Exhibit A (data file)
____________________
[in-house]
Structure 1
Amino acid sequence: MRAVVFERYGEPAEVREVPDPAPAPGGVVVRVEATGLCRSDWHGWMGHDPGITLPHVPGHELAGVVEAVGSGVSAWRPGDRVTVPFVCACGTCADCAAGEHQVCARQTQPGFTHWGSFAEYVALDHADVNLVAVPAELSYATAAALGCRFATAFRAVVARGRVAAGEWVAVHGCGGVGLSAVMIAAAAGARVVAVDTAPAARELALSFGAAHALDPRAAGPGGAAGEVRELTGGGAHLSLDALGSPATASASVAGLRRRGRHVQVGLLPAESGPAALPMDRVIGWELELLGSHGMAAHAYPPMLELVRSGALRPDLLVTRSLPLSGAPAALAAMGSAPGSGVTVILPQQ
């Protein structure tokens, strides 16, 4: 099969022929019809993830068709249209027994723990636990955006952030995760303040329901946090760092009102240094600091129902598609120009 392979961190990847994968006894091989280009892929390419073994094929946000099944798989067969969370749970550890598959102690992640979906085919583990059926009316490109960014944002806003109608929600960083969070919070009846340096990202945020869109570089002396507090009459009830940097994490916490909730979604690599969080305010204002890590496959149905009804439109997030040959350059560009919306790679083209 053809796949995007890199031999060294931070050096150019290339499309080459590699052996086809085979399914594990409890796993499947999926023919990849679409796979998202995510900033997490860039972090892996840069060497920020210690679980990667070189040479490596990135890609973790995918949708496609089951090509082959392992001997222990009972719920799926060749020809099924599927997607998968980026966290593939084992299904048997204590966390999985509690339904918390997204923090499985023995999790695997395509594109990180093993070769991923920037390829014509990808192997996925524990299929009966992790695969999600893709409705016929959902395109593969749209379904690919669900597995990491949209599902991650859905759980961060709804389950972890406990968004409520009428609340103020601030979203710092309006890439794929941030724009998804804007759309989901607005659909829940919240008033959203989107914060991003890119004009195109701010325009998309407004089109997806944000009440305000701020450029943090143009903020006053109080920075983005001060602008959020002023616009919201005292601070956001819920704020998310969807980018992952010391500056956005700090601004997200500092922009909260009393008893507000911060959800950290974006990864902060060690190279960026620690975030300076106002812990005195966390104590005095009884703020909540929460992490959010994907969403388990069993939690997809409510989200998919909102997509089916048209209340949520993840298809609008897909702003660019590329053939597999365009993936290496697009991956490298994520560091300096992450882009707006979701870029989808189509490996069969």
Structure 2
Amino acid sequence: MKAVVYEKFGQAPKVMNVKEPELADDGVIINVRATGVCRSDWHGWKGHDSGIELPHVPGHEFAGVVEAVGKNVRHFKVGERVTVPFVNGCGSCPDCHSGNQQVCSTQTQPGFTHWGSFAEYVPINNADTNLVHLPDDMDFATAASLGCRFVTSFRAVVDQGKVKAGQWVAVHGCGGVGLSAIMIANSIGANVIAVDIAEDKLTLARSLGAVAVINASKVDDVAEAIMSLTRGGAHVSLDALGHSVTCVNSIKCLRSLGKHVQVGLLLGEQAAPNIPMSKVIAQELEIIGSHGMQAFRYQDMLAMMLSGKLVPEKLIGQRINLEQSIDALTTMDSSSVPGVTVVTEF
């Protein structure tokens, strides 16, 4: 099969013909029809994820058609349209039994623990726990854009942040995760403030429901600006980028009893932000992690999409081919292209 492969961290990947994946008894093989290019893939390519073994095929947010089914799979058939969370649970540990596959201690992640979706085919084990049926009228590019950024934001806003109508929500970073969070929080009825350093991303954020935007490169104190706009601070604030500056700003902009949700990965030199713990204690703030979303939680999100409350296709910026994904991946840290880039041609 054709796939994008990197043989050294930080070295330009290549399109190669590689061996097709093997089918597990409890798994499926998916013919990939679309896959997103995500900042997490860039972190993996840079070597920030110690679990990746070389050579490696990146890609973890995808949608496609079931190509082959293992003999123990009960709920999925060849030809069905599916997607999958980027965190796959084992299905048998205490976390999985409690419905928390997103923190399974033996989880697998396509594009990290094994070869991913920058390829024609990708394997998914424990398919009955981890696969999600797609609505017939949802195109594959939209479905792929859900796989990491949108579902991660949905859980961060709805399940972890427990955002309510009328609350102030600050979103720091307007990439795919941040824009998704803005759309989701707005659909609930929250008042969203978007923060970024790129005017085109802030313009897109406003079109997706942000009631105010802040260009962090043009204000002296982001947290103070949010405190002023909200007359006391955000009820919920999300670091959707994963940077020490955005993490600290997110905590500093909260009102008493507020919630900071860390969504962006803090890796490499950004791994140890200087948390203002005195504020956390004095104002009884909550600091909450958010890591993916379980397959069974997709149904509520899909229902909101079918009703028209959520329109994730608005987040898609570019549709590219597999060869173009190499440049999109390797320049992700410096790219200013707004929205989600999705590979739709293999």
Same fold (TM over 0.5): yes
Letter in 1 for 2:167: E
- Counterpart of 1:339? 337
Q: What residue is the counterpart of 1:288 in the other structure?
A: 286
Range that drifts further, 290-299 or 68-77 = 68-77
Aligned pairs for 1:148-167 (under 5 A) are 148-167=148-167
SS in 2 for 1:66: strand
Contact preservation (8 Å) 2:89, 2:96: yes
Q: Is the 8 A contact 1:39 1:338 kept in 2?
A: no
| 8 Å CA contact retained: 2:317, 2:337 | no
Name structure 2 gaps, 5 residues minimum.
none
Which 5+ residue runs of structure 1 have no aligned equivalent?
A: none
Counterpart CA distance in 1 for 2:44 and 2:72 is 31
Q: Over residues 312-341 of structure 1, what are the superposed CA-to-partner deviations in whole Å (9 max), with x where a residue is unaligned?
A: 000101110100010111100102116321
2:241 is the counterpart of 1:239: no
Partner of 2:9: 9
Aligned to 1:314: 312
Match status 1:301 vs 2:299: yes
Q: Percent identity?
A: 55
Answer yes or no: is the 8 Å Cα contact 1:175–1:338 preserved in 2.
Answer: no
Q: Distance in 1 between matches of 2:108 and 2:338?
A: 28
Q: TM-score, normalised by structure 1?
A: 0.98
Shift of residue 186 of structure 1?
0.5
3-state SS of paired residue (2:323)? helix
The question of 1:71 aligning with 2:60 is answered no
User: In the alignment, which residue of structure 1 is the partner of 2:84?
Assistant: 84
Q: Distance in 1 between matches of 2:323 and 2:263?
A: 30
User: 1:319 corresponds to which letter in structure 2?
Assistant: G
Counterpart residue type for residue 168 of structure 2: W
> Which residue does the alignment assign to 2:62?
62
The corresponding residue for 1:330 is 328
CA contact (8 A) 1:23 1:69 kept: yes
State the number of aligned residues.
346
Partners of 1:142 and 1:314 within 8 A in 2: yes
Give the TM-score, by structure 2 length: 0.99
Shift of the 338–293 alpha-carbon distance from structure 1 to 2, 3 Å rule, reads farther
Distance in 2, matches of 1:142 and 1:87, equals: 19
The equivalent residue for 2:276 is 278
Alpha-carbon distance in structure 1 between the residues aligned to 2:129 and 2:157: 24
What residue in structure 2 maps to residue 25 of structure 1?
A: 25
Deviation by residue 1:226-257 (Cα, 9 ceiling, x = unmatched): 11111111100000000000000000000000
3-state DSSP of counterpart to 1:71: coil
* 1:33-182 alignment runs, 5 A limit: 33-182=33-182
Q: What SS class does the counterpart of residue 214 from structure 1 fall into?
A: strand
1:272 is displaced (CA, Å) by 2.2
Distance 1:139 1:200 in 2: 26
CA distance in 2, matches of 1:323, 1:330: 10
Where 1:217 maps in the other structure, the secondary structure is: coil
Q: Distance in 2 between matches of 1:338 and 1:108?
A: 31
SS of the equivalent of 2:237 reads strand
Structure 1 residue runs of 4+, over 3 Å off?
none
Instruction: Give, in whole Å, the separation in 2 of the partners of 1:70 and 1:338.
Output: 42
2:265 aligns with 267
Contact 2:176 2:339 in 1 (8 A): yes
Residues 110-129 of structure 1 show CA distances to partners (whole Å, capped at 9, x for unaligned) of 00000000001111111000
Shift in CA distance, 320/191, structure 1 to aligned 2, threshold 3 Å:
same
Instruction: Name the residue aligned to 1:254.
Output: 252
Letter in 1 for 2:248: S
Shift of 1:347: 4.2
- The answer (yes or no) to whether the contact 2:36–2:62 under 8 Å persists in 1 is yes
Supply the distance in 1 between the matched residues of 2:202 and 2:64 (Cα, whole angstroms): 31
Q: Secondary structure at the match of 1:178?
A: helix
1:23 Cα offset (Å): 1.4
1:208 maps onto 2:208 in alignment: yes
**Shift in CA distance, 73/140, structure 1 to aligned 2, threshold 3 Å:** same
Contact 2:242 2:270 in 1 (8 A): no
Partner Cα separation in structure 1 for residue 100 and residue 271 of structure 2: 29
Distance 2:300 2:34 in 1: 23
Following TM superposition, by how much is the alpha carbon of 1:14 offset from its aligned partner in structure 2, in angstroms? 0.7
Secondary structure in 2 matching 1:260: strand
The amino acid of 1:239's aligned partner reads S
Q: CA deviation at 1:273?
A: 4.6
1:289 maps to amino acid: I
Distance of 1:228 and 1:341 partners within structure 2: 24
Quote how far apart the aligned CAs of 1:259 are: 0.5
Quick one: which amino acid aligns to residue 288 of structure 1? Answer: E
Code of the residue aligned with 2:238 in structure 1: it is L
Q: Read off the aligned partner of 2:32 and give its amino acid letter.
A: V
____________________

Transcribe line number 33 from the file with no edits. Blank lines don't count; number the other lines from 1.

Answer yes or no: is the 8 Å Cα contact 1:175–1:338 preserved in 2.